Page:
Friday, February 20, 2015

Fragment Shaders with SpriteKit


With the introduction of iOS8, SpriteKit received some awesome new features. One of those great new features was the support for fragment shaders (aka pixel shaders).

A shader allows one to manipulate the drawing behavior of how things are drawn onto the screen. Shaders runs at a GPU (Graphics Processing Unit) level and as a result it puts less load on the CPU (Central Processing Unit). This approach provides a great performance bump and makes for real interesting and creative results - don't just take my word for it, be inspired and go check out what you can do with shaders at

SpriteKit's fragment shaders are based on the OpenGL ES 2.0 shader language which resembles a C-Style syntax. Fragment shaders in particular operates on a per-pixel basis, allowing one to manipulate pixels before they are presented to the viewer.

SpriteKit now provides us with a SKShader object that can be assigned to SKScene, SKSpriteNode, SKShapeNode, SKEmitterNode and SKEffectNode objects.

The official Apple SKShader Class Reference do highlight some good practices that one has to adhere to when dealing with SKShaders for more information, take a look under the references section.

Creating a fragment shader in XCode

Assuming that you've already created a basic SpriteKit project within XCode, you now need to create your very first shader by following these steps:
  • From within XCode.
  • Select the Utilities Panel on the right side.
  • Select the Show the File Template Library at the bottom of the Utilities Panel.
  • Drag and drop an empty document into your project archive on the left. This will open up a create file wizard.
  • Provide a filename for your shader and give it the extension of .fsh - use something  like MyFirstShader.fsh.
  • Copy the code from the MyFirstShader.fsh code example below into the shader file you just created.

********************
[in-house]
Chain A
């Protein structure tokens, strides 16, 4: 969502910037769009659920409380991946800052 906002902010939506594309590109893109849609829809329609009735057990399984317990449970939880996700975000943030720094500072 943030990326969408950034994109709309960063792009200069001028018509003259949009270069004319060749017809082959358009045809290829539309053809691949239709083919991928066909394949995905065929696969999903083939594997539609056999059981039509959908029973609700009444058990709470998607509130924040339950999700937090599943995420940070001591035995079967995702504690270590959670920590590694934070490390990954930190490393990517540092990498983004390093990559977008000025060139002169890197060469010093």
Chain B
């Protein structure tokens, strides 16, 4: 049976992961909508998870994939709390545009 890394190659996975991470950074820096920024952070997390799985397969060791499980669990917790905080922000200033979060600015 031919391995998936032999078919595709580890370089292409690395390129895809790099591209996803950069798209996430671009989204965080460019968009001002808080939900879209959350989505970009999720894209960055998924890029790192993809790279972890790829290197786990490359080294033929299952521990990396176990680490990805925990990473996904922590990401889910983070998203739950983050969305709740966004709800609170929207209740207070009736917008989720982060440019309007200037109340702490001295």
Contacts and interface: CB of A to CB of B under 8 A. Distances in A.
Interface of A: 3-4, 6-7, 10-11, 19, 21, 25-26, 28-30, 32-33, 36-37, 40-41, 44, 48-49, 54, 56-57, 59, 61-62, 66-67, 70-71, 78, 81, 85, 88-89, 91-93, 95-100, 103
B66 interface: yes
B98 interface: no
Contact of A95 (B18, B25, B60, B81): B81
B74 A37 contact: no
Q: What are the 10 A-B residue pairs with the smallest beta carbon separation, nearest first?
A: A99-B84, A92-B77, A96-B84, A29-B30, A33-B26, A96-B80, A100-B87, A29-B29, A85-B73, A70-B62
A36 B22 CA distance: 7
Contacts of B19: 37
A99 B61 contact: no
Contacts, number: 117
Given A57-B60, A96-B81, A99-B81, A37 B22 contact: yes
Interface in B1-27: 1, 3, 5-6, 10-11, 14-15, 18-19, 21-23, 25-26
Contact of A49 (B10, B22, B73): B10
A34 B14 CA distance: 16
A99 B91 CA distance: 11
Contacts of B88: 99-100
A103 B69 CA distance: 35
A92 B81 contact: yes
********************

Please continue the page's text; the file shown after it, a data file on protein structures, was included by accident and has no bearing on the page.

In the example code above, we have a fragment shader in its simplest form. Just like most C applications the main() function serves as the main entry point for our shader code. The void indicates that the main function will not be providing a return value. The gl_FragColor represents the current fragment color that will be modified by the shader. Finally the vec4(r,g,b,a) function creates a four valued vector commonly used in shaders to represent a color in the form of RGBA values.

RGBA is short for Red, Green, Blue and Alpha. These values represents the primary colors used in computer graphics. Similar to how a painter would mix different colors of paint together on a color palette, these primary colors are mixed together at different strengths which ultimately can represent virtually any color from the visible color spectrum. Alpha is a special case and is used to control the transparency of the color. When dealing with shaders these color strengths range from 0.0 to 1.0.

Here's some RGBA color examples using vec4(r,g,b,a):
  • vec4(1.0, 1.0, 1.0, 1.0) will produce the color white with no transparency.
  • vec4(0.0, 0.0, 0.0, 0.5) will produce the color black with a 50% transparency.
  • vec4(1.0, 0.0, 0.0, 0.2) will produce the color red with a 20% transparency.
  • vec4(0.0, 0.0, 1.0, 0.0) will produce the color blue, but completely transparent.

Using fragment shaders in SpriteKit

Now that you've seen how easy it is to create a fragment shader, using the shader in SpriteKit is just as simple. Copy the code below into your SpriteKit scene.

In the example code above we're creating an instance of MyFirstShader by loading it from file. We then create a simple sprite and then we simply assign MyFirstShader to the sprite's shader property. Real simple, right? :)